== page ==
🎓 What about innovation related to the training of future lawyers and jurists? Laetitia tells us, "What is difficult at the university is that with rare exceptions, the teaching paths have not really changed. On the other hand, in bar schools, there are more and more innovation courses and I think that's great! We really need to encourage these initiatives. Enke Kebede, Director of the Ecole Régionale des Avocats du Grand Est (ERAGE), was the first to create an "innovation school" for student lawyers in France and since then it has spread to many other schools."

Legal reasoning modeling, artificial intelligence and machine learning
In the legal world, it is often said that legal reasoning is so complex that it cannot be automated. However, in other fields, artificial intelligence and machine learning have allowed very important advances in the resolution of complex problems.

In the field of law, it is now possible to automate part of the reasoning and legal expertise thanks to artificial intelligence and machine learning, to create chatbots for example, but not only.

It is to be hoped that modern technologies will find many applications in the field of law in the future.

💡 Also read: How does artificial intelligence work in contract management?

Innovation in legal departments
At Ubisoft, a Legal Innovation Team of five people has been created, including a designer and a developer. The goal? To accelerate the digitalization of the legal department. I imagined an episode with two members of this team and Emilie Letocart-Calame, a former legal director who is now an innovation consultant for legal departments. Another episode gives an overview of the innovations implemented in eight legal departments.

What do you think of the French legaltech landscape?

It depends on the subject. The automation of acts and the robotization of contracts, for example, have developed well, and I have the feeling that these innovations are arousing growing interest. The same goes for practice management tools or digital tools that make the daily life of lawyers easier.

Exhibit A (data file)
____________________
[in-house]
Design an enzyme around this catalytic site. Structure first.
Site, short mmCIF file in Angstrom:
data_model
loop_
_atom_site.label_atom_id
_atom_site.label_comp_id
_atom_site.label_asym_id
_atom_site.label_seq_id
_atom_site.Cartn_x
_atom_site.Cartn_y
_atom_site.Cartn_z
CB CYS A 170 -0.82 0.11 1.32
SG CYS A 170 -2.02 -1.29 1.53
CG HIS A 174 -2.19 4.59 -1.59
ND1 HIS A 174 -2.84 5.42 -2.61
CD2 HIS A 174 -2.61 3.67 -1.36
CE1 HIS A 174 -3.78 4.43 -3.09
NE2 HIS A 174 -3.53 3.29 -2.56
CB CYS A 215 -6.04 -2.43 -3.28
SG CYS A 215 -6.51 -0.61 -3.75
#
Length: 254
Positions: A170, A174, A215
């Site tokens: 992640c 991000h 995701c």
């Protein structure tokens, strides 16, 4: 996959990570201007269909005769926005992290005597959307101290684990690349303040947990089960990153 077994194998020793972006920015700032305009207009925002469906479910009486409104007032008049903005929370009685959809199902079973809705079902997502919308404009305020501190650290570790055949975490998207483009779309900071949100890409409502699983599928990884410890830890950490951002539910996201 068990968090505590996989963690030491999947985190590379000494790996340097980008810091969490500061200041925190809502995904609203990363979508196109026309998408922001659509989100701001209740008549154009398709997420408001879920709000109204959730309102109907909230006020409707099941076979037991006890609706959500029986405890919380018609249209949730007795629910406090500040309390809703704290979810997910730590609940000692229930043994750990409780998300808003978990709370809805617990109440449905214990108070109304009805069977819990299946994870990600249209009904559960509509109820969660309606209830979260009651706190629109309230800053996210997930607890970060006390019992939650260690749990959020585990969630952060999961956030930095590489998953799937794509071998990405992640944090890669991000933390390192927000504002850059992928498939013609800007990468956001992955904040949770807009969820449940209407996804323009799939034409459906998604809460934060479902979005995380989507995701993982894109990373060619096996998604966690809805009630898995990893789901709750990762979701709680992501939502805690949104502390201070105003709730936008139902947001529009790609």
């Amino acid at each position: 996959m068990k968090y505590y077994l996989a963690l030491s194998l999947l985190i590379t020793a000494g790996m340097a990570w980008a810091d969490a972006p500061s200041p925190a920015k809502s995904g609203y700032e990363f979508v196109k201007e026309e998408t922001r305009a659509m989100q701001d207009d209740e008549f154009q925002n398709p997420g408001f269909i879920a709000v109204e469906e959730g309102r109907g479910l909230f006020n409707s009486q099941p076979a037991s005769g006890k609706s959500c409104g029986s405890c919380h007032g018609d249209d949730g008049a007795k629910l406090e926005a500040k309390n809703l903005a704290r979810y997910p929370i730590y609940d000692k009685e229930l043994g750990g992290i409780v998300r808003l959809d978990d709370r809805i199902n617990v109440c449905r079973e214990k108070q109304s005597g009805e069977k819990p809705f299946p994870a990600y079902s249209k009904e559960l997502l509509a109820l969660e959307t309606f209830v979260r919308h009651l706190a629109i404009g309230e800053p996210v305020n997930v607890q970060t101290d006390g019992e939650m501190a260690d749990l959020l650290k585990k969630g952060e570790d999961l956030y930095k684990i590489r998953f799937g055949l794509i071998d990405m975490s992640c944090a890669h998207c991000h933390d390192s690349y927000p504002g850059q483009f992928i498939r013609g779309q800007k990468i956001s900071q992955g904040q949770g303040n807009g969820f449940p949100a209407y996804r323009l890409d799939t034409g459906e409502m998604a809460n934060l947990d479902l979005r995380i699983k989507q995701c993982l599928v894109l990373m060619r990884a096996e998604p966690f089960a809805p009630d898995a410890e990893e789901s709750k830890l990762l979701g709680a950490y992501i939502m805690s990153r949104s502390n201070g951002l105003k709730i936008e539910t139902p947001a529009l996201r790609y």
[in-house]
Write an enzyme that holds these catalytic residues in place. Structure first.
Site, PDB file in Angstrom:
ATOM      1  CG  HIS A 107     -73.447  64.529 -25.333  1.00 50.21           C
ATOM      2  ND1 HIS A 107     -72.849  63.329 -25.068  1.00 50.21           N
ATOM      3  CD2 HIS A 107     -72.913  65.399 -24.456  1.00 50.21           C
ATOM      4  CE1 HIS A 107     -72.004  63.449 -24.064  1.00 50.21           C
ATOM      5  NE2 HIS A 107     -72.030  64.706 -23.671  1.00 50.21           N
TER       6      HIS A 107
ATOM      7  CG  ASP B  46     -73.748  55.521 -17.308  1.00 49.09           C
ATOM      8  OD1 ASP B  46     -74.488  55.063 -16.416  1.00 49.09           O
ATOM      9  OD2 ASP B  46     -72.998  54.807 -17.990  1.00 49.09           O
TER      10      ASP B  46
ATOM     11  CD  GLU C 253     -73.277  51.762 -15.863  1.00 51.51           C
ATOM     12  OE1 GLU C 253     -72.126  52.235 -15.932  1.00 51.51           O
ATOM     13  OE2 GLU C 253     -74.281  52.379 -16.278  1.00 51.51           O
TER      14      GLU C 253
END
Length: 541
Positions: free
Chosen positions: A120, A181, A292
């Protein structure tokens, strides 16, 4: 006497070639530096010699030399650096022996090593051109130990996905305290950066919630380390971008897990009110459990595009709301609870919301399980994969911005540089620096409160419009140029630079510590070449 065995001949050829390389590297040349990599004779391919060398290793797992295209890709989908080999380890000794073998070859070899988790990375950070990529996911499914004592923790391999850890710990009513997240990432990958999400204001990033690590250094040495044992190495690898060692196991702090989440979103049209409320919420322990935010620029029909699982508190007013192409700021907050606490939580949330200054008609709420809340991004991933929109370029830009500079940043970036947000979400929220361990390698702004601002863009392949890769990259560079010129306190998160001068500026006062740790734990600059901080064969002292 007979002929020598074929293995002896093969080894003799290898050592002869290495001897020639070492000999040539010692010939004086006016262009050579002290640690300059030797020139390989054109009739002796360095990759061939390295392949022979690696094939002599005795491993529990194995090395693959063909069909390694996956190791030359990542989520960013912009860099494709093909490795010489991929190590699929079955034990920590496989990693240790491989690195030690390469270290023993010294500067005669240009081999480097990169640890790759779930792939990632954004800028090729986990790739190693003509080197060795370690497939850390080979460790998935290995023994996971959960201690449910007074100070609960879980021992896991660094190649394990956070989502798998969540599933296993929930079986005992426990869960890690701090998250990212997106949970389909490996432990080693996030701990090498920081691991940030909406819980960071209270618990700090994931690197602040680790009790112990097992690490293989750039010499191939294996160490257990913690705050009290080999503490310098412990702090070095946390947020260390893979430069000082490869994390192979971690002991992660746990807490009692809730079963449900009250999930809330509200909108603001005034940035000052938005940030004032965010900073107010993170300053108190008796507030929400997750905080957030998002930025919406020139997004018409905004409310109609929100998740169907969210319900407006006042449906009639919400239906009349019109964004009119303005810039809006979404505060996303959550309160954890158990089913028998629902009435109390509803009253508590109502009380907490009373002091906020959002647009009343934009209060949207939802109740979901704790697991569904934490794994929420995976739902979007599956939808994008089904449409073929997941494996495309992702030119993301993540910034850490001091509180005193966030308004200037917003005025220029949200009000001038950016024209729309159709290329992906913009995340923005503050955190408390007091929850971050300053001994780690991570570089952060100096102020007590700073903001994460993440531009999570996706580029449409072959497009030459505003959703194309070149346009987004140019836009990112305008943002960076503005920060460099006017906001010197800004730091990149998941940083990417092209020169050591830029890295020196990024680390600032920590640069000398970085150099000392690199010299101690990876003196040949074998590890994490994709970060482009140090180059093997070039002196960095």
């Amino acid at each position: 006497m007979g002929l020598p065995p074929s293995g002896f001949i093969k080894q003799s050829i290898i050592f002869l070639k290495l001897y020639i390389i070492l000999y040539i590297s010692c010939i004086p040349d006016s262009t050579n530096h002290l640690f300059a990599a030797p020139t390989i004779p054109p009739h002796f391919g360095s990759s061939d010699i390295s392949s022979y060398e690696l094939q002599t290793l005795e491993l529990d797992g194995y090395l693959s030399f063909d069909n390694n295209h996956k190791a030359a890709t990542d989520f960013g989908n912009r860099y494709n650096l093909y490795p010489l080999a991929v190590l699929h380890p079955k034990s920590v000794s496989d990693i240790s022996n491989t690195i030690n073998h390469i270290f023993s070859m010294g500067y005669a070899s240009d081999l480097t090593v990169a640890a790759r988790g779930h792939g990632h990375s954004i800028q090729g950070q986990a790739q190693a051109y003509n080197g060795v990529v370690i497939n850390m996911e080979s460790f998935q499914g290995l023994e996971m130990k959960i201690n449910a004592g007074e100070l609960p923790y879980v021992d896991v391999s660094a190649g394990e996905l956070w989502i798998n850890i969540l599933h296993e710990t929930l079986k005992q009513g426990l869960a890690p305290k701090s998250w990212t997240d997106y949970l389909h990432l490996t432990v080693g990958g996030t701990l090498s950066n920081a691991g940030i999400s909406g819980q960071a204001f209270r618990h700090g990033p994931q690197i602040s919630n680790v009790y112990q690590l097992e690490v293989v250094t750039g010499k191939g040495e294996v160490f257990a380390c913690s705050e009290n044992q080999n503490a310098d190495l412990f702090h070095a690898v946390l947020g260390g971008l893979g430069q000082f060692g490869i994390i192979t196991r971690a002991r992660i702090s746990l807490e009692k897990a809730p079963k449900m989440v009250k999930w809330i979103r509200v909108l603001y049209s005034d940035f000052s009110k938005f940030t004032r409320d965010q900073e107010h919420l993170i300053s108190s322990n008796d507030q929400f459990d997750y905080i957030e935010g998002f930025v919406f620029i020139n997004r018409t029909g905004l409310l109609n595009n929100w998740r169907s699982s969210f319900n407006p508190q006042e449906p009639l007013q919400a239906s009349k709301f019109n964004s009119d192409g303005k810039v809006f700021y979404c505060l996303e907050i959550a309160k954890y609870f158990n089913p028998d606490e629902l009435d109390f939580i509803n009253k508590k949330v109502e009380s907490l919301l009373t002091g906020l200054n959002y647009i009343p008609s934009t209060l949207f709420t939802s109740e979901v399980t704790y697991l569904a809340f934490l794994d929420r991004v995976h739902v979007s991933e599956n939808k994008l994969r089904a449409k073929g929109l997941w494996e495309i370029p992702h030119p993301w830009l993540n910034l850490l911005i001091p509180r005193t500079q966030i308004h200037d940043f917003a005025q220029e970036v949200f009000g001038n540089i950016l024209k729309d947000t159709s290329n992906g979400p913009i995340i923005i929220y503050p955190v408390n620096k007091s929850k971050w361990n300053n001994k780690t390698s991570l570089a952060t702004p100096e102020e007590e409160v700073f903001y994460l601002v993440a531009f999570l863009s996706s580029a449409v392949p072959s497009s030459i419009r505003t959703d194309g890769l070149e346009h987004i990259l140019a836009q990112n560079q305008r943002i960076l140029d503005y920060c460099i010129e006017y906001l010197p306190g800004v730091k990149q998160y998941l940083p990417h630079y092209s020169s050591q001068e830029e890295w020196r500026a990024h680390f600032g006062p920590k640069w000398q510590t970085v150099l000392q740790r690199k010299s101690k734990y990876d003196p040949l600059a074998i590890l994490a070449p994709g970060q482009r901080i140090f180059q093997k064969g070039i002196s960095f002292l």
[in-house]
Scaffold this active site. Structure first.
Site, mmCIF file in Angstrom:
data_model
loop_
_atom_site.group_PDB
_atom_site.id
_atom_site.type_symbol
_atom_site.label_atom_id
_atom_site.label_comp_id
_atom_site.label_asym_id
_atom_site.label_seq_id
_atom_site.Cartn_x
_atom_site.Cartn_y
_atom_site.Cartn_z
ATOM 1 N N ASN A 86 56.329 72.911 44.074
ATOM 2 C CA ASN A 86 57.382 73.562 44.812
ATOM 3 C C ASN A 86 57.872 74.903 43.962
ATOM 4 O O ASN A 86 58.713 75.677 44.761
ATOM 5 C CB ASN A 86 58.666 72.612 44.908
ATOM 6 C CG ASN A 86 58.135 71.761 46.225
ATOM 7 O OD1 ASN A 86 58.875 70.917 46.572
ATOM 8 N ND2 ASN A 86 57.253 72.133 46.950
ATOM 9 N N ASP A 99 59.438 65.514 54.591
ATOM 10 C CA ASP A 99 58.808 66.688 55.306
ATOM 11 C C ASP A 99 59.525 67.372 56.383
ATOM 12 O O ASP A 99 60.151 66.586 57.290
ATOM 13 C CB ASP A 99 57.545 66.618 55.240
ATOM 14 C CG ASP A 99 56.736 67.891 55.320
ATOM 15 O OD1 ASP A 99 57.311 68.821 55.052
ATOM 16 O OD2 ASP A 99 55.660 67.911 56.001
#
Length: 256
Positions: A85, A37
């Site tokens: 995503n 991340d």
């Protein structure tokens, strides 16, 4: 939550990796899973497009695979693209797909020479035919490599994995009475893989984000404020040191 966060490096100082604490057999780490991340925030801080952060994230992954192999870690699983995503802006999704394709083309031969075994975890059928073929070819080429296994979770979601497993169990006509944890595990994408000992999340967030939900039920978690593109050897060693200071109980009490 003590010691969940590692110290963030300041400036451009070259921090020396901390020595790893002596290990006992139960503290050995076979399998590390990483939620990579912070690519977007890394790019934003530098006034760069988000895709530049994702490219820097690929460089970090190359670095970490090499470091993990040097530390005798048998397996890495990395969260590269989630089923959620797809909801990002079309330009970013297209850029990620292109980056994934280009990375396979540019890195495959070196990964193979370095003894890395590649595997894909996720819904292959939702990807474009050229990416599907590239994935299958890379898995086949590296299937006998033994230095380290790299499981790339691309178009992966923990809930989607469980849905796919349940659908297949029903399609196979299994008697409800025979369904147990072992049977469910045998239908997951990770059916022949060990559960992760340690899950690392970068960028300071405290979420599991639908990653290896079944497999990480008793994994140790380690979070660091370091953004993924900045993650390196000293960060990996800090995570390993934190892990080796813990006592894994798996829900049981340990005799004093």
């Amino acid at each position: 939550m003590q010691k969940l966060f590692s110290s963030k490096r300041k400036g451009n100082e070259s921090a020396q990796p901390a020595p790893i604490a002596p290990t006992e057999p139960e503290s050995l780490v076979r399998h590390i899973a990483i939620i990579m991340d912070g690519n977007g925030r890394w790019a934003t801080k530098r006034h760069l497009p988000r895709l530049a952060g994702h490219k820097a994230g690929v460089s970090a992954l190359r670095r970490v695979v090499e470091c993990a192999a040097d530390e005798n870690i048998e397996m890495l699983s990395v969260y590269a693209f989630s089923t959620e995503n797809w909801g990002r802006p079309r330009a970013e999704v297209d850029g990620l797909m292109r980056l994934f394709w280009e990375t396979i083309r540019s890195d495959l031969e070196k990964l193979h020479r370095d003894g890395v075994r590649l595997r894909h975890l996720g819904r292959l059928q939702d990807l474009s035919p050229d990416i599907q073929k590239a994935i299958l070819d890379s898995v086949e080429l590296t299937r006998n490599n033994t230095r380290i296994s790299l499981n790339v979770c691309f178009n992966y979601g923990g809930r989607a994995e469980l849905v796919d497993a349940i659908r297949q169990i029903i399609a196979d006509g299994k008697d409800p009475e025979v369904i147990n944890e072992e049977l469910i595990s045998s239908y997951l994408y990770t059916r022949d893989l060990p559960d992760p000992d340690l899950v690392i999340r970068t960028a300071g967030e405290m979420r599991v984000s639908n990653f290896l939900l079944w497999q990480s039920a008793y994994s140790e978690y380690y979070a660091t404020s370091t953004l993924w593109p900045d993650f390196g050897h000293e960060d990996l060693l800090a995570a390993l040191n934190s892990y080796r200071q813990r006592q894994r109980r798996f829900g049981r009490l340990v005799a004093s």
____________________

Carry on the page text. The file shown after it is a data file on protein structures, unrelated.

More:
On the other hand, innovation is more timid in all areas related to litigation. For example, there are not many initiatives that save time in drafting pleadings, i.e. the documents that are filed with the courts in the context of an appeal. There is a nice project that is currently in beta test, Replick, which aims to help lawyers build an optimal legal argument. But it would be nice if legaltech could develop more in this area.

In general, I would say that there are a lot of great innovation initiatives in the legal field. They have not necessarily all found their market yet, but I am rather optimistic about the future, it is a journey and change always takes time. The more legal professionals take up these subjects, the more innovation will flourish and meet their needs!

Other examples of legal innovations

  • The use of technological tools to save time and modernize the practice of law.
  • Legal search engines that offer advanced features.
  • Predictive" justice.
  • Propose innovative offers and adopt a marketing and digital strategy to differentiate yourself.
  • Innovate in customer relations.

💡 Also read: State of the art of French legaltech

You have created co-development workshops focused on legal innovation. In concrete terms, how do they work?

It is an innovative training approach that brings together a small group of people (usually between 4 and 10) working in the same profession and facing common professional issues.

The workshops are based on interactions between participants, and on learning from others through the sharing of experiences. In concrete terms, this is how it works: a participant presents his or her problem, the whole group helps, advises and guides him or her, according to their expertise, so that at the end, an action plan is defined and can be activated.

The roles change with each session so that everyone has the opportunity to present their issues. But regardless of the role played during the session, everyone learns from themselves and from others. Especially since the problems of others may, if not already the case, become your own one day. So, having participated in a co-development session is like anticipating and saving time for the future.

In a second phase, after the co-development session itself, tools, work methods or innovative models are presented to all participants to enrich their innovation culture.